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Why I got involved in politics

During the past few months, Bermudians from a variety of backgrounds have reached out to me, wanting to talk about issues important to them.

Three of the most frequent questions I am asked are: Why did you get involved in politics? What has been your biggest obstacle or the hardest part about being involved? How do you stay involved?

I got involved in politics because of two main things: first, when I became a mother, I realised exactly what I was put on this Earth to do. And that was to nurture and protect my son.

When my son was born, my outlook on life changed overnight. My primary concern was how to safeguard his future when I am no longer around. My family of children have now grown to three nephews and nieces, as well as godchildren. I felt compelled to get involved in steering my country in the right direction and to fight for present and future generations. I came to this realisation at about 2010 — the same time as the peak of gun murders in Bermuda.

Which is the second reason I threw my hat into the political arena. As an Eighties baby, my generation's coming of age coincided with the spike in gun murders. Being the mother of a young black son, this worried me greatly. I saw the destruction of our community, as friends, classmates and even family members — almost exclusively young black men — were killing each other in the streets.

I had to do something, but what? How could we stop the carnage and devastation wrought on the black community? I did not dive into politics with the sole intention of taking the guns off of the streets and stopping the killings. My motivation was to be a voice for the voiceless; to show my contemporaries that they can make a difference — that they can be anything they want to be. I had to demonstrate that there is hope for our generation, which has always felt ignored.

I realised that, as has been said before, we cannot arrest our way out of this problem. We needed to engage our young men with compassion in open and honest dialogue, and provide them with opportunities. As Martin Luther King Jr said, “darkness cannot drive out darkness; only light can do that. Hate cannot drive out hate; only love can do that”.

What has been my biggest obstacle since being involved in politics? The process.

When I first became a member of Parliament, I thought things could be changed overnight and had a list to implement asap.

I was determined to create a scholarship programme to help children eager to learn but who couldn't afford to go to college or compete with the top students. I wanted to end social promotion in schools and re-establish a trade school. I wanted to create a programme for college students to have internships arranged at businesses before they returned from school.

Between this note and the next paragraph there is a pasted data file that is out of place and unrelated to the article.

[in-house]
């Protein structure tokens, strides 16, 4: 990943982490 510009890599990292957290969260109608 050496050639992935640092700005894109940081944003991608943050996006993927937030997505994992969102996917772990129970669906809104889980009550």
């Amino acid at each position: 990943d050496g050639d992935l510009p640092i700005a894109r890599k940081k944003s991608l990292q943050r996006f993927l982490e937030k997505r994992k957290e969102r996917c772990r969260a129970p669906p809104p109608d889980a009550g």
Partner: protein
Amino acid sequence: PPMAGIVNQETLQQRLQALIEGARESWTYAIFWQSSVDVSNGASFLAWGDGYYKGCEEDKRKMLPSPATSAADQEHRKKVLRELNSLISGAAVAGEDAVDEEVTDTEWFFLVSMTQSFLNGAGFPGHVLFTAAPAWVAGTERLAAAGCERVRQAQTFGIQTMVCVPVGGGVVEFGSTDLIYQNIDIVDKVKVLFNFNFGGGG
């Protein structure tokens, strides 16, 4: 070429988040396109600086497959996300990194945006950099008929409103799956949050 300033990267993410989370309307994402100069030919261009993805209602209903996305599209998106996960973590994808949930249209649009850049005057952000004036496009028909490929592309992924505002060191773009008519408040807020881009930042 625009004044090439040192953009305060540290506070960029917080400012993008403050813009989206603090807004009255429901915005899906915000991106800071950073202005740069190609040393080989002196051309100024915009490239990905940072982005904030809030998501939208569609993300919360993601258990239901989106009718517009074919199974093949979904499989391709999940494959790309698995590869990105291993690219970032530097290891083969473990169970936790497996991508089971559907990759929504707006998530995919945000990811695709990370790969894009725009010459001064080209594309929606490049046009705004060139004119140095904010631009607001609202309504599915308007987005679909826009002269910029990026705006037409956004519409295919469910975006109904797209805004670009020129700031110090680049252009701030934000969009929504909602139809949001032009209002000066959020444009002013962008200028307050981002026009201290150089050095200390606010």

I wanted to help struggling single mothers find jobs that were flexible but still paid enough to make ends meet.

Decriminalising marijuana was and remains high on my agenda. Far too many Bermudians, particularly young black men, have been criminalised for far too long. I am glad we are making progress in this area.

These are just a few of the things I wanted to fix. As I have learnt during the past four years, there is a process to be followed.

Committees need to be established to make decisions on scholarship programmes; public consultation is required on cannabis decriminalisation. Employers need to be consulted on flexible work hours and student employment opportunities. Legislation and policy need to be written, reviewed and revised ... and so on.

What I have learnt is that following the process requires patience.

When my friends contact me because they are struggling or looking for a quick fix to a problem, I explain what we are working towards, and that it is going to take patience and their partnership as we work through the process.

My commitment going forward is to let people know what we are working on and that everything we do is for the benefit of all Bermudians.

What keeps you involved? Another frequently asked question.

Every day I see progress. After many years of economic contraction, we have finally turned the corner. The economy is growing, investment and jobs are returning. Opportunities in many sectors are there for the taking and Bermuda's future is promising.

Are we there yet? Clearly not, as there are still too many struggling, unemployed or underemployed.

Many Bermudians are frustrated with the partisan politics, including myself. Putting political point-scoring above serving those who elected us leads only to cynicism and disengagement.

My message to fellow Bermudians is this: governing is not an easy task. When trying to effect change, obstacles always appear. But together, in the spirit of partnership and co-operation, we will continue to move Bermuda forward.

As a young Bermudian with hope for our future, I remain committed to being involved, to moving the process along as fast as we can to help as many as we can.

The future is bright and by working together we will rise together.

Nandi Outerbridge is the government whip and the MP for St George's West (Constituency 2)

One Bermuda Alliance MP Nandi Outerbridge (Photograph by Akil Simmons)

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Published February 17, 2017 at 8:00 am (Updated February 18, 2017 at 3:11 pm)

Why I got involved in politics

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